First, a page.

Infragravity waves are 20-200 s waves that are formed by short wave (2-20 s) groups. While the short waves break close to shore, the infragravity wave is able to propagate into even shallower water. As infragravity-wave energy dominates the water motion close to shore, it can be important in beach and dune erosion.
To be able to predict the erosion/accretion of beaches caused by infragravity waves, sediment suspension and transport by infragravity waves have to be fully understood, and therefore the hydrodynamics as well. One of the aspects that currently is receiving a lot of attention is the energy dissipation of the infragravity wave in very-shallow water. Over the last decades it was thought that infragravity waves travel to the beach, perfectly reflect at the shoreline and travel seaward again, and thus conserve all their energy. However, more recently both field and laboratory data indicate that infragravity waves dissipate energy close to shore, in particular on low-sloping beaches. The energy dissipation strongly affects infragravity-wave induced sand transport, and hence the magnitude of beach erosion. Several dissipation mechanisms have been put forward, however there is still little field evidence supporting either of these hypotheses.
The present PhD project is aimed at understanding the processes related to infragravity wave transformation in the nearshore, from the generation of the infragravity waves to ultimately their role in beach erosion.
The main objectives are to:
- Fully understand the infragravity wave characteristics. This includes their generation, propagation and dissipation.
- Identify the infragravity-wave dissipation mechanism. Is it bottom friction, non-linear energy transfer back to short waves, or infragravity-wave breaking?
- Study infragravity-induced sediment suspension and transport.
- Quantify their role in beach evolution under storm conditions.
Several different approaches are applied, including field and laboratory data analysis and numerical modeling.
Two field data sets of pressure, velocity and sediment concentrations are available, both obtained on rather mild sloping beaches (Ameland in 2010, see figure 2, and Egmond beach in 2011). During the fieldworks a cross-shore transect with pressure transducers (PTs), Electromagnetic Flowmeters (EMFs), Sontek Acoustical Doppler Velocitymeters (ADVs) and Optical Back-Scatter sensors (OBSs) were positioned in the intertidal zone of the beach.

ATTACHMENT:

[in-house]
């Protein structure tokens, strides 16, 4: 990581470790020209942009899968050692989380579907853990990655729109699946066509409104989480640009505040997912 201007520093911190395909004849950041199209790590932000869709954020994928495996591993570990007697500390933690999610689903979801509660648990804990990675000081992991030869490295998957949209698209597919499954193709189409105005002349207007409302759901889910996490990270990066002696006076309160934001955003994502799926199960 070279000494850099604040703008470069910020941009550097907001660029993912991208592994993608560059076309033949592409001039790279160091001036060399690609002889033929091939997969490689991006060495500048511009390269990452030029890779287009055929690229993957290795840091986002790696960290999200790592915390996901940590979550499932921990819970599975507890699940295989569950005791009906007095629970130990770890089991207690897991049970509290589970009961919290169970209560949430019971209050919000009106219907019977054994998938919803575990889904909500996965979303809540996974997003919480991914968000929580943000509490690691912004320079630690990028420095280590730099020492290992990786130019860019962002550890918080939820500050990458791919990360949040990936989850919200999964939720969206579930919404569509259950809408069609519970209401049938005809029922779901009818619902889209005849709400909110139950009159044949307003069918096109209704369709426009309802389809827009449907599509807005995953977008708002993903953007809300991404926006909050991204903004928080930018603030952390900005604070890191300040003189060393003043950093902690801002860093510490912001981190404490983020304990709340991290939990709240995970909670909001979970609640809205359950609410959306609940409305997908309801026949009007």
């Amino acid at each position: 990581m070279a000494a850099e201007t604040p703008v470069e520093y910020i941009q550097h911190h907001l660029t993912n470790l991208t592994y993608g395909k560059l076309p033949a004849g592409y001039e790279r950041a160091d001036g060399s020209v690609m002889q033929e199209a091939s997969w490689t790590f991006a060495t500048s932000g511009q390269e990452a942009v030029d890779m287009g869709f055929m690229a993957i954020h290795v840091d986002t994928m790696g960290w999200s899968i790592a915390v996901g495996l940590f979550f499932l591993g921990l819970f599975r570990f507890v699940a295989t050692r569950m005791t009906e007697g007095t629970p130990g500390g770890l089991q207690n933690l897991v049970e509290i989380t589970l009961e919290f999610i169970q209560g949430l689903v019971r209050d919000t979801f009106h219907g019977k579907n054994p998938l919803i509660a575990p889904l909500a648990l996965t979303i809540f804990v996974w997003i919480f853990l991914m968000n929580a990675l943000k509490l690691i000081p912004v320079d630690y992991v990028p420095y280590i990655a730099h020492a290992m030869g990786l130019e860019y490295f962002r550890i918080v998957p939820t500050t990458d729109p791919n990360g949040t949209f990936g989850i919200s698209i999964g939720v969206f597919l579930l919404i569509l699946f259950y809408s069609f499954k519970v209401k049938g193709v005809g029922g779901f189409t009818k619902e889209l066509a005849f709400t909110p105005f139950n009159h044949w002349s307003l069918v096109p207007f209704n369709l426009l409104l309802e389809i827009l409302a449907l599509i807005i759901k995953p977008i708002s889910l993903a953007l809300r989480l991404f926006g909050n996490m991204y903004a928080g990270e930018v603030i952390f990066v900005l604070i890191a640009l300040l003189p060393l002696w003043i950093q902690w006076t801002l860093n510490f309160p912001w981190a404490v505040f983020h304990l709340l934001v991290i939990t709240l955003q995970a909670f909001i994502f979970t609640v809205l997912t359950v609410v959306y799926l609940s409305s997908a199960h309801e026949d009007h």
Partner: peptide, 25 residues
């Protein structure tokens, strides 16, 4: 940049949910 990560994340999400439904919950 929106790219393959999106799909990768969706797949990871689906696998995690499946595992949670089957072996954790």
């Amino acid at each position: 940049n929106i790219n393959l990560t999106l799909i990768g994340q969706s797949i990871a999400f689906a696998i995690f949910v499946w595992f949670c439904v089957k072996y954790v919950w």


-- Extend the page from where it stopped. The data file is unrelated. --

The laboratory data were obtained as part of the GLOBEX project, where a high resolution data set (both in space and time) was collected on a low-sloping (1:80) fixed laboratory beach. (see Figure 3) The experimental program comprised eight wave conditions: 2 monochromatic conditions, 3 bichromatic conditions, and 3 random wave conditions.
The PhD project started in March 2012. Over the last year, field data obtained on Ameland in
2010, and at Egmond beach in 2011 have been analyzed, and an article with those results is currently under review (topic: objective I and II). In this article we show that for low-sloping beaches, infragravity waves indeed dissipate a considerable part of their energy close to shore. The dissipation was frequency dependent; low infragravity frequencies conserved a large part of their energy, whereas high infragravity frequencies dissipate their energy completely. We demonstrate that for these data sets, the most likely mechanism causing the energy dissipation in infragravity wave breaking. However, further research is needed to verify this, and to identify the zone over which this occurs
This process will therefore be explored in more detail by analyzing laboratory data. With the high resolution data set of GLOBEX, a quantification of the energy fluxes and non-linear energy transfers will be examined by means of bispectral analysis. This is still under progress. Preliminary results can be found in the Coastal Dynamics 2013 proceedings. (www.coastaldynamics.fr – de Bakker et al. 2013)